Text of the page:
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Comment on is contract needed for Medical Alert and PERS - further discussion on differences
June 18,  2021
Comment on is contract needed for Medical Alert and PERS - further discussion on differences from article on June 8, 2021
            So . . . .  is that to say, if the system is sold as . . . and the paper work is written as . . . an “Emergency” alert or a “Panic” alert (regardless of what it's intended use is) that it is not a PERS and doesn't need a PERS contract?   Or, is it the intended use and not what it is called that determines if it falls into the category of medical or not?  And of course even if it is only intended as a Panic or Emergency alert and NOT medical and someone is having a medical emergency and presses the button and it doesn’t work    What? 
            Is the failure of an “Emergency” alert or a “Panic” alert any different than the failure of a PERS alert if someone is hurt, accosted, harmed, suffers medical damage or dies for whatever reason?  Or is it all only just about the cancellation requirements of a PERS contract?   
            Seems a bit foggy to me.
Reliable Alarm
            It is somewhat confusing because the emergency device is often used by customers however they want, not as it was intended to be used or promoted by the alarm company. 
            Medical Alert monitoring is generally not included in traditional alarm license definitions and some states do have specific laws for Medical Alert.  Medical Alert, as I interpret it, is a device to be activated when the customer suffers a medical emergency.  That could mean sudden illness or accident; something that requires EMT response; that's Emergency Medical Treatment.  This signal requires immediate response and the first response is for the central station operator to talk to the customer through two-way audio, either a home base or a remote device with communication capability.  The customer response will let the operator know if EMT needs to be dispatched, which will also be the case if there is no response from the customer.  In other words, no verification means dispatch.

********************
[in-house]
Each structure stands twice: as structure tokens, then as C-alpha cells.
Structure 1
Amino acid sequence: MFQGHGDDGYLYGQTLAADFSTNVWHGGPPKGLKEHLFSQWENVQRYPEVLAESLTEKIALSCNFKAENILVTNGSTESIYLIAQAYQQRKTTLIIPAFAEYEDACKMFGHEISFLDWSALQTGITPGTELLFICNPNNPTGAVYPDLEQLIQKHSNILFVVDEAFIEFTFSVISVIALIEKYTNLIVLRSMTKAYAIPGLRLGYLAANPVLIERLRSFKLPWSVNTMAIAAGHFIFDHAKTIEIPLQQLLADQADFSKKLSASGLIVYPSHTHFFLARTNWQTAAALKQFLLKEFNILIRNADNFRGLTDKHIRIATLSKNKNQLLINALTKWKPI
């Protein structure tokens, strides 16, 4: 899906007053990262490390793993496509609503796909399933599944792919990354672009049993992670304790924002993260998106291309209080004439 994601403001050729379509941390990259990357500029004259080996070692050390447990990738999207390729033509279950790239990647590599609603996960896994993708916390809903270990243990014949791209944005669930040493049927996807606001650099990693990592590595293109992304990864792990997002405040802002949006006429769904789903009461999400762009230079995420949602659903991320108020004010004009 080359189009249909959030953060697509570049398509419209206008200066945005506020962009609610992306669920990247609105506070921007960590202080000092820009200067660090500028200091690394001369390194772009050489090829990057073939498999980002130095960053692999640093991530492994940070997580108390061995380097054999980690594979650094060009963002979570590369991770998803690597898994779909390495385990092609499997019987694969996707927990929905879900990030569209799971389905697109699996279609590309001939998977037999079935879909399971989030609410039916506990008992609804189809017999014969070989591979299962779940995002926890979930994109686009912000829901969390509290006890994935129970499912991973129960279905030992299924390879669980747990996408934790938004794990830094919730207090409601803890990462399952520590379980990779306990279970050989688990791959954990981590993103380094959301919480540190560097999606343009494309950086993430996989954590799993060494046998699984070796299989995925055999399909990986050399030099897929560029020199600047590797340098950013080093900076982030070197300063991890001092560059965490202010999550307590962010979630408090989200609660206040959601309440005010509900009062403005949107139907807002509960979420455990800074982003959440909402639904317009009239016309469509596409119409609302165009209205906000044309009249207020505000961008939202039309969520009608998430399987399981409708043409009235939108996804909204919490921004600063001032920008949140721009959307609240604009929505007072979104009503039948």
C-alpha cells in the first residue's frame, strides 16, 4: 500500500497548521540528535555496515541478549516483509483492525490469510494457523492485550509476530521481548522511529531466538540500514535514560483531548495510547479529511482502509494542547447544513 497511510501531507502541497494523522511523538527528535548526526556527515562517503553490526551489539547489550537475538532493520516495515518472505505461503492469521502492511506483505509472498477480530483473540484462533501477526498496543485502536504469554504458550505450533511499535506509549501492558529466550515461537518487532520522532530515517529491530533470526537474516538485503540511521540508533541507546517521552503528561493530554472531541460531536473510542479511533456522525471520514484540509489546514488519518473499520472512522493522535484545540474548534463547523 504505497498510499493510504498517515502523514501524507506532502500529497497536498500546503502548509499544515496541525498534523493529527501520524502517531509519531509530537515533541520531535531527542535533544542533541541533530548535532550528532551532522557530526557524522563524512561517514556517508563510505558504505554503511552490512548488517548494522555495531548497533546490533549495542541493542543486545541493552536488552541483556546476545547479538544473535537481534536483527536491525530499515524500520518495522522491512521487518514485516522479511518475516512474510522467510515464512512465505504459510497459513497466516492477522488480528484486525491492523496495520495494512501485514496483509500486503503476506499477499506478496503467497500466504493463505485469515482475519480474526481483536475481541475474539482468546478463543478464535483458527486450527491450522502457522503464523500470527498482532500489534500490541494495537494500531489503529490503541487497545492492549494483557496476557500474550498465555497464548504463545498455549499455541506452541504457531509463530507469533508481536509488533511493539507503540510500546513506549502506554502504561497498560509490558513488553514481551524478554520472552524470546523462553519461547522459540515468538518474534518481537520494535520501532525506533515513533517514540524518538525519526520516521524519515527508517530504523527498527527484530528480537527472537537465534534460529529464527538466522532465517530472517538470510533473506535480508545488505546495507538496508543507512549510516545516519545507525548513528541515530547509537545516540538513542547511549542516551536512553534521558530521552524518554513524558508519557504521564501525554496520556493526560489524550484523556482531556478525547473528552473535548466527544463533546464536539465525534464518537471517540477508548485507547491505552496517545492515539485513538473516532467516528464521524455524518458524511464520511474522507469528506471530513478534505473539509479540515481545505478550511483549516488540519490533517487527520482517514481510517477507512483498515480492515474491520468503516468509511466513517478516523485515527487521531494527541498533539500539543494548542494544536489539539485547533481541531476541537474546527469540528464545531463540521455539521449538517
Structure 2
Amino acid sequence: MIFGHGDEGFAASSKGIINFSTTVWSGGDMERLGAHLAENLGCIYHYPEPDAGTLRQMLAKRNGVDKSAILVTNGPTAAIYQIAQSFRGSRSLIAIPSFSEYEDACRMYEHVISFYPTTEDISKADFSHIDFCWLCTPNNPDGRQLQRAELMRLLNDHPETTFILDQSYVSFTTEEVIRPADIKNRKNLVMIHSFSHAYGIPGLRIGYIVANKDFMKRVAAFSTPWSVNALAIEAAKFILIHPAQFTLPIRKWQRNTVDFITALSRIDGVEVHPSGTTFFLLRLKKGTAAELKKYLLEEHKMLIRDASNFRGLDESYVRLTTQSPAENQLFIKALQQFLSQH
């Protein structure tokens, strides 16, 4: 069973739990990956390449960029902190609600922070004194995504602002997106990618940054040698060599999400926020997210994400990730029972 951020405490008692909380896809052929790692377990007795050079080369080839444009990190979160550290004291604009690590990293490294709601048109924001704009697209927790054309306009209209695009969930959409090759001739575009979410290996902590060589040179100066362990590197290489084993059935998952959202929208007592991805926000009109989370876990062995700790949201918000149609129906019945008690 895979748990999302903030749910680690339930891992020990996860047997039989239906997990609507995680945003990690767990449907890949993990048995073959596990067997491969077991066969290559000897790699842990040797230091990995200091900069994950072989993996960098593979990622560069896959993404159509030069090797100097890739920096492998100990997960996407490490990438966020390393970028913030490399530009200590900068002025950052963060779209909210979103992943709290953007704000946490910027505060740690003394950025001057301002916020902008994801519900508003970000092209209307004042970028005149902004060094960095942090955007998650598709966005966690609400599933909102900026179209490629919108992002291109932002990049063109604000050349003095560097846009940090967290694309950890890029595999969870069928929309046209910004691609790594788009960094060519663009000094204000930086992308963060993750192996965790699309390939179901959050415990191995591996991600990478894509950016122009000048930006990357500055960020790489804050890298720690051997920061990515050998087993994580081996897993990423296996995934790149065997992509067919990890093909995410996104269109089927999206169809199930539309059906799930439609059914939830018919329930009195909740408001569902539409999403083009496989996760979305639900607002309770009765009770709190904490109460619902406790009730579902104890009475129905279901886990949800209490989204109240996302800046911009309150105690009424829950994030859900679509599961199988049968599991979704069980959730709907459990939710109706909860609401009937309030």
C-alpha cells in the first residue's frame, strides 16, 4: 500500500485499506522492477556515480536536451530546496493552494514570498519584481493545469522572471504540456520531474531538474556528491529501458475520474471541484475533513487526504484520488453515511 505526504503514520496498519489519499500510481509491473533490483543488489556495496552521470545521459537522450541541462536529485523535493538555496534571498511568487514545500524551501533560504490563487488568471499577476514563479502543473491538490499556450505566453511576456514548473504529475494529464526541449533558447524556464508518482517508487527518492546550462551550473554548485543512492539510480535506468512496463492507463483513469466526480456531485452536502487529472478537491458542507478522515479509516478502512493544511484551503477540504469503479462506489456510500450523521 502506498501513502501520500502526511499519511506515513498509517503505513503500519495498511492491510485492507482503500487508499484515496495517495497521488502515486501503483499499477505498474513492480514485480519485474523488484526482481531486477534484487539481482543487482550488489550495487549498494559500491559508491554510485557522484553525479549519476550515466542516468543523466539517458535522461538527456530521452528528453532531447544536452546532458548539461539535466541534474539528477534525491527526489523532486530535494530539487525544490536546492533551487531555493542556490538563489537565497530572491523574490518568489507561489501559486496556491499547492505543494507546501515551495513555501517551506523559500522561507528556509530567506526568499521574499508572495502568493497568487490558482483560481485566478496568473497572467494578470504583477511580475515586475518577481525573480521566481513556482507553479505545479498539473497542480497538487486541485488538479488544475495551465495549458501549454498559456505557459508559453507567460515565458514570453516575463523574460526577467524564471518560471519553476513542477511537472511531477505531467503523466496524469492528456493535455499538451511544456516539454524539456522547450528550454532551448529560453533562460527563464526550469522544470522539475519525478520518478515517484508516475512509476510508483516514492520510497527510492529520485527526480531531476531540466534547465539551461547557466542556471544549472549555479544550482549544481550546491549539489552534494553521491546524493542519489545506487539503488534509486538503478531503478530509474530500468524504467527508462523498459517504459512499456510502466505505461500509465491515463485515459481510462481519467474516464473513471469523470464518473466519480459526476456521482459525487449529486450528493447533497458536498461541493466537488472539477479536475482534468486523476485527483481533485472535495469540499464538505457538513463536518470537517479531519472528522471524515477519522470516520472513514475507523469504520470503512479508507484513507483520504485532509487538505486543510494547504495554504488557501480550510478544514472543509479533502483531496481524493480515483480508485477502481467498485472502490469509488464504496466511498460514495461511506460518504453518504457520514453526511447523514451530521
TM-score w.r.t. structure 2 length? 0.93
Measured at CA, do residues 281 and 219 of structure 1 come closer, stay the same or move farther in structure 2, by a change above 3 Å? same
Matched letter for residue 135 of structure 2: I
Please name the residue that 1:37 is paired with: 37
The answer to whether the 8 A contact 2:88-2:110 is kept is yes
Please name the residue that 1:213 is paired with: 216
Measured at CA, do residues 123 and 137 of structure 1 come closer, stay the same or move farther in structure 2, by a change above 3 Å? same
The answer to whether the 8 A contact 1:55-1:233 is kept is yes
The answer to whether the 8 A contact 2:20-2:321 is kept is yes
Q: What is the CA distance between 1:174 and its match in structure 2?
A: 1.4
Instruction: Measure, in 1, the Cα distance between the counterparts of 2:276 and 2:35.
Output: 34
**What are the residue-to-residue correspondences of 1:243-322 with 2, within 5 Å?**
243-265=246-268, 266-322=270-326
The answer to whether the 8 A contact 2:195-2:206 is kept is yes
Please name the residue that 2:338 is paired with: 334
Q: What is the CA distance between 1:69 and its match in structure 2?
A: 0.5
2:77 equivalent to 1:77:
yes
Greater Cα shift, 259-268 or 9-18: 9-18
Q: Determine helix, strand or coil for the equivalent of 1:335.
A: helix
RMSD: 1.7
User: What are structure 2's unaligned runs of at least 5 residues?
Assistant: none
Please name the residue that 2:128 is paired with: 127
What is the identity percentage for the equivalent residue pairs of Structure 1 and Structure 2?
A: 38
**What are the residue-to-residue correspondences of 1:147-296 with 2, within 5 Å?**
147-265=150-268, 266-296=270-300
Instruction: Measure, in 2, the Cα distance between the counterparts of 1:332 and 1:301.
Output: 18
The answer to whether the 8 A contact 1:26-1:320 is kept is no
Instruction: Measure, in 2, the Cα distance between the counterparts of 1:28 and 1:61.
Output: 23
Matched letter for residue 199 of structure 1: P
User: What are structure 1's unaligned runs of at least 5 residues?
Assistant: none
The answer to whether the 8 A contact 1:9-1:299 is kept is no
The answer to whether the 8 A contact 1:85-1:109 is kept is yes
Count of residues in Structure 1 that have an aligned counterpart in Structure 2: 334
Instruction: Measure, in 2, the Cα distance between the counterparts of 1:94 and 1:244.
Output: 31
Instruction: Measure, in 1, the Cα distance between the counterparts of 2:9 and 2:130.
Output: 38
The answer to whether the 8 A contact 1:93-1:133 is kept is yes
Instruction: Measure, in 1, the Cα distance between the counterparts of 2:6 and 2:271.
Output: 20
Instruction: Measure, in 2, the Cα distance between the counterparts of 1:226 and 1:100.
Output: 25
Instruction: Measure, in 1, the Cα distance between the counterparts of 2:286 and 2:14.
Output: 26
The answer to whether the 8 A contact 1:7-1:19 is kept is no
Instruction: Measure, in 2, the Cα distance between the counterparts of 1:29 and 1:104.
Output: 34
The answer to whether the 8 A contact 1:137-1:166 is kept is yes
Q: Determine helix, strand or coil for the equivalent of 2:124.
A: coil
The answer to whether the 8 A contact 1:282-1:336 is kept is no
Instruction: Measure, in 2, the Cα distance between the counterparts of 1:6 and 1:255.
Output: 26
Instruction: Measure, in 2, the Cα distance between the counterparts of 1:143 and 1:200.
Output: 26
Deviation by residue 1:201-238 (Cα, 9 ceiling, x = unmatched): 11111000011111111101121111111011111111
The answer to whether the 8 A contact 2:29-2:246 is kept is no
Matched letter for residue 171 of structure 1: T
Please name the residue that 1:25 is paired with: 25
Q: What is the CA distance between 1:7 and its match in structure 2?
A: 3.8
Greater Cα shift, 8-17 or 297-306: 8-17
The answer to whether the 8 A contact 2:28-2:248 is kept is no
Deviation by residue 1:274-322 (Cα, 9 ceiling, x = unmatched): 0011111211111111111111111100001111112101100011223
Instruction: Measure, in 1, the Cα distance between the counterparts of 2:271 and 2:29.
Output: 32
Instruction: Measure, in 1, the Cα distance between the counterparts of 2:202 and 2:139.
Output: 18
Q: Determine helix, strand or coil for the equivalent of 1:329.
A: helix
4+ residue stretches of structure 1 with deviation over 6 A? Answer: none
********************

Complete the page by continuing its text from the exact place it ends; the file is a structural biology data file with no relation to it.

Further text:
When PERS is intended to mean personal emergency, non-medical related, such as panic alert or self- monitoring burglary or fire signal, this service is generally included in the alarm license definition.  Panic alarms don't usually require verification, but if the activation is for burglary or fire it can be confusing because First Responders, particularly police, may want to know if the alarm condition has been verified by telephone or in some cases other verification means, such as audio or video.  Panic alarm, again as I interpret it - and it can be defined in other ways - is akin to a silent alarm, which a panic alarm sometimes is.  There is no verification for a silent alarm for obvious reasons [obvious to alarm professionals]. 
            What distinguishes the PERS alarm from other alarms is that PERS alarms are usually self-activated.  But a PERS device is not designed like the panic buttons found in homes and commercial installations.  Panic buttons are not as readily activated as a PERS device.  For example, a panic button may be located in a bedroom and tucked into a housing that requires a button to be pushed up into the housing. This isn't quite as accessible as a Medical Alert device.  A home base Medical Alert device will have a large button on top to push, or bang on, to activate a call to the central station.  A remote pendant, whether it communicates through the home base or has its own cellular or WiFi communication directly to the central station [which would be the case for GPS devices] is self-activated by pressing a button on the device, even if it's on the customer's  cell phone using an app.  PERS can also be designed to report automatically if a person leaves an area or enters an area; motion and video monitoring.
            The discussion began because the importance of contracts seemed to be under-valued.  In point of fact, claims against medical alert companies and alarm companies offering medical alert are often significant and contractual protection is often different than a typical alarm contract.  Some states severely limit contractual protection for personal injury claims. Medical alert companies need contracts as much if not more than traditional alarm companies, and that was my original proposition.
            For Medical Alert monitoring services use the single state PERS agreement or for nationwide use, the Nationwide PERS agreement.  
            For traditional panic alarm included with intrusion or fire monitoring, you should use the Residential All in One, but don't include medical alert response, and in this case, there is no reason that you would have information on a customers medical needs and information, unless that information is in connection with police or fire department response is, customer is not mobile, deaf, etc.  

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Ken Kirschenbaum,Esq
Kirschenbaum & Kirschenbaum PC
Attorneys at Law
200 Garden City Plaza
Garden City, NY 11530
516 747 6700 x 301